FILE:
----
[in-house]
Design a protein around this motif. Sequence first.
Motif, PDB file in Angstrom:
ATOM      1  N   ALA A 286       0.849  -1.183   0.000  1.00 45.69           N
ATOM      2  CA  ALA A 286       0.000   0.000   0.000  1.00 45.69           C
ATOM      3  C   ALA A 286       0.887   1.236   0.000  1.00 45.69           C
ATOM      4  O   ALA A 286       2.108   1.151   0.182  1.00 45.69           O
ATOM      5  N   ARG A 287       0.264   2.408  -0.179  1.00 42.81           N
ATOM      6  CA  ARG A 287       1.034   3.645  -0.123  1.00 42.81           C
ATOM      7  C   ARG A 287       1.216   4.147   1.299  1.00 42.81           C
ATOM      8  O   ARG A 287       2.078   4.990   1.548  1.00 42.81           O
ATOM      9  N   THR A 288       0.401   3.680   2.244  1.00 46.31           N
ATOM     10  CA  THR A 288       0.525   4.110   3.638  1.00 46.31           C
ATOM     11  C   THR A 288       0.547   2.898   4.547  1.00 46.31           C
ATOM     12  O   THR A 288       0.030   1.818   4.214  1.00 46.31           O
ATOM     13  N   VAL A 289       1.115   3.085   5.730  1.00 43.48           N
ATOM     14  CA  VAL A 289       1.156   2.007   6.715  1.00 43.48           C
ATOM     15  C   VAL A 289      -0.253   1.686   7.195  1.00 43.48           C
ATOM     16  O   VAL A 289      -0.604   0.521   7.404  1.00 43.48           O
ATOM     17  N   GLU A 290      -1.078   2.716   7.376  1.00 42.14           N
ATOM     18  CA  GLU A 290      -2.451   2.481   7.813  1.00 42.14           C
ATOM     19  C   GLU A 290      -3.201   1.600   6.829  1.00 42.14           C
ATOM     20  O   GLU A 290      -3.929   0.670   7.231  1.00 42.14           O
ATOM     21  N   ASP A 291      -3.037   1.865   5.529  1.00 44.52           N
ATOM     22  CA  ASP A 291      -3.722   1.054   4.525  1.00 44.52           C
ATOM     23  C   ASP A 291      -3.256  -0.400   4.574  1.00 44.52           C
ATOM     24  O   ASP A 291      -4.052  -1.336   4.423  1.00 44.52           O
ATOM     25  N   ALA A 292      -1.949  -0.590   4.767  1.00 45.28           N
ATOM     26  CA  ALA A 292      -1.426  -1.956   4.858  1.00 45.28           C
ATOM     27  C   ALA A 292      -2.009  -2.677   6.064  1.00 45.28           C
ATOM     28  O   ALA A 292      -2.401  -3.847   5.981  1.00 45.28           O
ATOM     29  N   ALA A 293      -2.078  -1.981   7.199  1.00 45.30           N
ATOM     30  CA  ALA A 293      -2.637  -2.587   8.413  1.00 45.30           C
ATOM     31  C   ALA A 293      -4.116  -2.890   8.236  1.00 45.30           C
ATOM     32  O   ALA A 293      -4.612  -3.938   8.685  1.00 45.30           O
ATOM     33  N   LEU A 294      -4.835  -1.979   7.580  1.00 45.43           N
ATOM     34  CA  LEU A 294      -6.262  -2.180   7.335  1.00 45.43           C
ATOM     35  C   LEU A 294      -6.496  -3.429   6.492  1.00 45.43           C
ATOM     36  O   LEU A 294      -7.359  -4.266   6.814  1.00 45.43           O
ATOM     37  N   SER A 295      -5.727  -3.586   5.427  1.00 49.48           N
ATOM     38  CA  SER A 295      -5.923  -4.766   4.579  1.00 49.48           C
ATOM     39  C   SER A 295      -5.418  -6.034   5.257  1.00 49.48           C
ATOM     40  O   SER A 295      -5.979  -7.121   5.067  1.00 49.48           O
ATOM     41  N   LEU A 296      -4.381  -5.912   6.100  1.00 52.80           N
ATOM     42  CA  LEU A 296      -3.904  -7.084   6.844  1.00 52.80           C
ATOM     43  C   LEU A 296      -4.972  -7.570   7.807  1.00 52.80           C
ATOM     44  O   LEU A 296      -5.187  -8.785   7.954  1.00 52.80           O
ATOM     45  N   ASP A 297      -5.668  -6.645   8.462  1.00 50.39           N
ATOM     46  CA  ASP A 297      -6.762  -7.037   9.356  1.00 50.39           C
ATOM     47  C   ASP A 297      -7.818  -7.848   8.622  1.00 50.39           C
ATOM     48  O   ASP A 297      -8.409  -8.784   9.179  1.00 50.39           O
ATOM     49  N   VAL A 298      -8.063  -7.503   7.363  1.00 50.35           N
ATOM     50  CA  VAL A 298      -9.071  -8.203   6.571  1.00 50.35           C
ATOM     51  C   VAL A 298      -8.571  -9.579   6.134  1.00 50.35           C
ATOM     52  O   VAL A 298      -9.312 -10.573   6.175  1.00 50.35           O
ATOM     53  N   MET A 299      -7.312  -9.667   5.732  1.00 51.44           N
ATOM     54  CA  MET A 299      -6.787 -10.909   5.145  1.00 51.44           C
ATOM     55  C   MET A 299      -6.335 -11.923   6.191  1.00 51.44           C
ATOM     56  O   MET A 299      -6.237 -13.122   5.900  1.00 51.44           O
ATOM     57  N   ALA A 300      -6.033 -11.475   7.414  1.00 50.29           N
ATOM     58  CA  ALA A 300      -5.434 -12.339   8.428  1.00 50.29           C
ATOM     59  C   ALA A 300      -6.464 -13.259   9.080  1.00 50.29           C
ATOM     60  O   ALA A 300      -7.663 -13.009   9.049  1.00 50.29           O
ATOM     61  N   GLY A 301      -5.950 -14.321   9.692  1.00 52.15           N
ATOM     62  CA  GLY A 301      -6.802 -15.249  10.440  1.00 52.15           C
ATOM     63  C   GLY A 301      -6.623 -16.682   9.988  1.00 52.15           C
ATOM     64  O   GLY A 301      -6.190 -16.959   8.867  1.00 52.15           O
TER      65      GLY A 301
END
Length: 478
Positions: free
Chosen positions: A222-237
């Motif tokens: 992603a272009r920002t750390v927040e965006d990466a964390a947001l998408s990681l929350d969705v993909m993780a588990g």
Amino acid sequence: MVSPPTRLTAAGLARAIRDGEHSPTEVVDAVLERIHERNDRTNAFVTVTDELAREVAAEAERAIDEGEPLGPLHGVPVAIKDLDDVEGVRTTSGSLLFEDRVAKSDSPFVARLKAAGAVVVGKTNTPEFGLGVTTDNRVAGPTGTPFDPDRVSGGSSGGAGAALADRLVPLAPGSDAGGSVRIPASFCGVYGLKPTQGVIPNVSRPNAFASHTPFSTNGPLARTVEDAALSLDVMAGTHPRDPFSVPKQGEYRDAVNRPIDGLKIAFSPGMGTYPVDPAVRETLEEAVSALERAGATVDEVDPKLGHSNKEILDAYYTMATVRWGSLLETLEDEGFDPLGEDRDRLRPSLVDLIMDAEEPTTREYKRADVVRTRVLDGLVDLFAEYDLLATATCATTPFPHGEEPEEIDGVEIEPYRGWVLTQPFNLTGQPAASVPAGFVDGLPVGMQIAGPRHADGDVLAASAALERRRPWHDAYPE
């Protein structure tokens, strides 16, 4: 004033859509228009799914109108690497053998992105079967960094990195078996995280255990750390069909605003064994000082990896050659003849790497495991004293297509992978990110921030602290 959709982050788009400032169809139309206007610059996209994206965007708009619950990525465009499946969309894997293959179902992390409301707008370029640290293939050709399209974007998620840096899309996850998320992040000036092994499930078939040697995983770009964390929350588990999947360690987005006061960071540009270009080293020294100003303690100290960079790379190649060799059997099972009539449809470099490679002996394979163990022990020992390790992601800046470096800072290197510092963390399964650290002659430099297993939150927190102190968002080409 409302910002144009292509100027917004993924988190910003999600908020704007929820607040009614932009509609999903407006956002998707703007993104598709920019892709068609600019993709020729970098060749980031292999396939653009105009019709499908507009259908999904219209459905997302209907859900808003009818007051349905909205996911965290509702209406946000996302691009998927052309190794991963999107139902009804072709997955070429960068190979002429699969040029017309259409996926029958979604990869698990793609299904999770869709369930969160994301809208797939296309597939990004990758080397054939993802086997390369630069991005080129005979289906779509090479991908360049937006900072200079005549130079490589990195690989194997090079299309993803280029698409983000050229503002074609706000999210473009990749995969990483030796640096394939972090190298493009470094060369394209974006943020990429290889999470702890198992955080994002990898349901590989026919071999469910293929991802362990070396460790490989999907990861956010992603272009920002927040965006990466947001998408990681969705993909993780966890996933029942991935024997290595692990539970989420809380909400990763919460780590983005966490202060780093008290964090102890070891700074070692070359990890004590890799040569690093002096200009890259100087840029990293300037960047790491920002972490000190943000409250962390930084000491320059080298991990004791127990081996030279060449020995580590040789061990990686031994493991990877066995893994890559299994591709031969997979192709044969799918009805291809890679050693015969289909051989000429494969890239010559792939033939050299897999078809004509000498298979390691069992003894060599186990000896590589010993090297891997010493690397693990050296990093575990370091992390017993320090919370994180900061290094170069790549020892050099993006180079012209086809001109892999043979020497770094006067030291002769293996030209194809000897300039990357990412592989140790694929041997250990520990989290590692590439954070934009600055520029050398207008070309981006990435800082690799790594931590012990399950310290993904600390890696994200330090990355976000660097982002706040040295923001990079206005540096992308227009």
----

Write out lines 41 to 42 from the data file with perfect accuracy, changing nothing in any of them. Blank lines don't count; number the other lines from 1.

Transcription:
ATOM     38  CA  SER A 295      -5.923  -4.766   4.579  1.00 49.48           C
ATOM     39  C   SER A 295      -5.418  -6.034   5.257  1.00 49.48           C